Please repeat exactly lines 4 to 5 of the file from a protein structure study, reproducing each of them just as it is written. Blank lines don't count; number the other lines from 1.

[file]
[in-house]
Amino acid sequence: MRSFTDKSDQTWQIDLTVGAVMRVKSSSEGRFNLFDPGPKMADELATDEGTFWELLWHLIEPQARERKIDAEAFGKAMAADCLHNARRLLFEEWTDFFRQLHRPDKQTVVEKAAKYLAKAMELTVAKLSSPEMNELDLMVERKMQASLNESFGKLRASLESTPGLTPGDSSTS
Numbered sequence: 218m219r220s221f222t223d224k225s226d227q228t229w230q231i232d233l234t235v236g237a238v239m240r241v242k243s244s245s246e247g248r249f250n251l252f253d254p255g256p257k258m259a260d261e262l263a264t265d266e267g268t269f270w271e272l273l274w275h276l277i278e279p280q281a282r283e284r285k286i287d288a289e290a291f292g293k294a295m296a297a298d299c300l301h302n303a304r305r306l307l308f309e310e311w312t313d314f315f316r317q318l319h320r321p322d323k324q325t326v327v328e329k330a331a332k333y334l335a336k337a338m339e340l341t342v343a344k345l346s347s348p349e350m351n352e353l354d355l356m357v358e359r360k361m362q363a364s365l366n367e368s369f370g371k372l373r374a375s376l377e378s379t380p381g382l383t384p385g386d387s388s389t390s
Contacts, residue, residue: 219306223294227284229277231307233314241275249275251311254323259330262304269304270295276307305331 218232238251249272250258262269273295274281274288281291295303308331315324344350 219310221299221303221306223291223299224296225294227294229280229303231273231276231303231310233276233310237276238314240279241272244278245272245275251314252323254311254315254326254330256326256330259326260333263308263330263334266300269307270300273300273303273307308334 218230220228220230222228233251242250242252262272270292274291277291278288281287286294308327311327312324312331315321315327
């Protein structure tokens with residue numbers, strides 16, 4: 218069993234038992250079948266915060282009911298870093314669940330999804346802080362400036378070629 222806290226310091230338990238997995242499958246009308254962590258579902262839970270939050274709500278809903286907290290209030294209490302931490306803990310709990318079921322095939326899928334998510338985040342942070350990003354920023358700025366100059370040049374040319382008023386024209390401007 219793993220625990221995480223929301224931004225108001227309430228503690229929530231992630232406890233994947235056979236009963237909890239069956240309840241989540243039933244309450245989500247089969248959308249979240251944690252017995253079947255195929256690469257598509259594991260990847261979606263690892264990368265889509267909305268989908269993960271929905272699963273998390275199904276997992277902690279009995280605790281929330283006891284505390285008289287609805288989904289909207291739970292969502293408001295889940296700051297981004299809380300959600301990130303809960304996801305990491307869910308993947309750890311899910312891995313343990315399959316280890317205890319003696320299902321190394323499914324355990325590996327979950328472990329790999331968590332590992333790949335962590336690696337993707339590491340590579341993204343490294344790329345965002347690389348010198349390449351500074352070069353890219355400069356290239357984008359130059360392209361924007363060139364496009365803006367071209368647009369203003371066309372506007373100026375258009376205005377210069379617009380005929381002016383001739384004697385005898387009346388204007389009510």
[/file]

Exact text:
Contacts, residue, residue: 219306223294227284229277231307233314241275249275251311254323259330262304269304270295276307305331 218232238251249272250258262269273295274281274288281291295303308331315324344350 219310221299221303221306223291223299224296225294227294229280229303231273231276231303231310233276233310237276238314240279241272244278245272245275251314252323254311254315254326254330256326256330259326260333263308263330263334266300269307270300273300273303273307308334 218230220228220230222228233251242250242252262272270292274291277291278288281287286294308327311327312324312331315321315327
């Protein structure tokens with residue numbers, strides 16, 4: 218069993234038992250079948266915060282009911298870093314669940330999804346802080362400036378070629 222806290226310091230338990238997995242499958246009308254962590258579902262839970270939050274709500278809903286907290290209030294209490302931490306803990310709990318079921322095939326899928334998510338985040342942070350990003354920023358700025366100059370040049374040319382008023386024209390401007 219793993220625990221995480223929301224931004225108001227309430228503690229929530231992630232406890233994947235056979236009963237909890239069956240309840241989540243039933244309450245989500247089969248959308249979240251944690252017995253079947255195929256690469257598509259594991260990847261979606263690892264990368265889509267909305268989908269993960271929905272699963273998390275199904276997992277902690279009995280605790281929330283006891284505390285008289287609805288989904289909207291739970292969502293408001295889940296700051297981004299809380300959600301990130303809960304996801305990491307869910308993947309750890311899910312891995313343990315399959316280890317205890319003696320299902321190394323499914324355990325590996327979950328472990329790999331968590332590992333790949335962590336690696337993707339590491340590579341993204343490294344790329345965002347690389348010198349390449351500074352070069353890219355400069356290239357984008359130059360392209361924007363060139364496009365803006367071209368647009369203003371066309372506007373100026375258009376205005377210069379617009380005929381002016383001739384004697385005898387009346388204007389009510």